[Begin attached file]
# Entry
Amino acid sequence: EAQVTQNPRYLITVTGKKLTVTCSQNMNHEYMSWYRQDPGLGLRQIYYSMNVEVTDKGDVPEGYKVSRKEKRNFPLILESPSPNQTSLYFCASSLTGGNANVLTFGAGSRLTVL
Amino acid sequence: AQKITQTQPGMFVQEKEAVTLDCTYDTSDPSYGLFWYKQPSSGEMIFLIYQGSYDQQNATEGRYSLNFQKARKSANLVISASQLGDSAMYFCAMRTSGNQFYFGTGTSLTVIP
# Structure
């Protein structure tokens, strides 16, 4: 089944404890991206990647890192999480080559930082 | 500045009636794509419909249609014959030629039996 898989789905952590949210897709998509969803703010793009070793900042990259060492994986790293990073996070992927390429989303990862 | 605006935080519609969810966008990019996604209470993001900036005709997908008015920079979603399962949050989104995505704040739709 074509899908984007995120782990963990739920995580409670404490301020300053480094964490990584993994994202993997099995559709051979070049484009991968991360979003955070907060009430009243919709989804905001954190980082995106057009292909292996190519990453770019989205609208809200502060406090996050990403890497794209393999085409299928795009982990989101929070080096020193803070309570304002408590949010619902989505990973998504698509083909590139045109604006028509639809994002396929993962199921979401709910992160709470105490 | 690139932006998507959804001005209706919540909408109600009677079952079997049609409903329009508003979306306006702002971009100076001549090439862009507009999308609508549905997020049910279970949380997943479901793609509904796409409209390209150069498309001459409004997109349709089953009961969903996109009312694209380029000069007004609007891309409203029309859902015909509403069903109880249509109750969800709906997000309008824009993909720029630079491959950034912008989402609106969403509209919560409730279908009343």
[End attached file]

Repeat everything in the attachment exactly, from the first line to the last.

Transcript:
# Entry
Amino acid sequence: EAQVTQNPRYLITVTGKKLTVTCSQNMNHEYMSWYRQDPGLGLRQIYYSMNVEVTDKGDVPEGYKVSRKEKRNFPLILESPSPNQTSLYFCASSLTGGNANVLTFGAGSRLTVL
Amino acid sequence: AQKITQTQPGMFVQEKEAVTLDCTYDTSDPSYGLFWYKQPSSGEMIFLIYQGSYDQQNATEGRYSLNFQKARKSANLVISASQLGDSAMYFCAMRTSGNQFYFGTGTSLTVIP
# Structure
């Protein structure tokens, strides 16, 4: 089944404890991206990647890192999480080559930082 | 500045009636794509419909249609014959030629039996 898989789905952590949210897709998509969803703010793009070793900042990259060492994986790293990073996070992927390429989303990862 | 605006935080519609969810966008990019996604209470993001900036005709997908008015920079979603399962949050989104995505704040739709 074509899908984007995120782990963990739920995580409670404490301020300053480094964490990584993994994202993997099995559709051979070049484009991968991360979003955070907060009430009243919709989804905001954190980082995106057009292909292996190519990453770019989205609208809200502060406090996050990403890497794209393999085409299928795009982990989101929070080096020193803070309570304002408590949010619902989505990973998504698509083909590139045109604006028509639809994002396929993962199921979401709910992160709470105490 | 690139932006998507959804001005209706919540909408109600009677079952079997049609409903329009508003979306306006702002971009100076001549090439862009507009999308609508549905997020049910279970949380997943479901793609509904796409409209390209150069498309001459409004997109349709089953009961969903996109009312694209380029000069007004609007891309409203029309859902015909509403069903109880249509109750969800709906997000309008824009993909720029630079491959950034912008989402609106969403509209919560409730279908009343």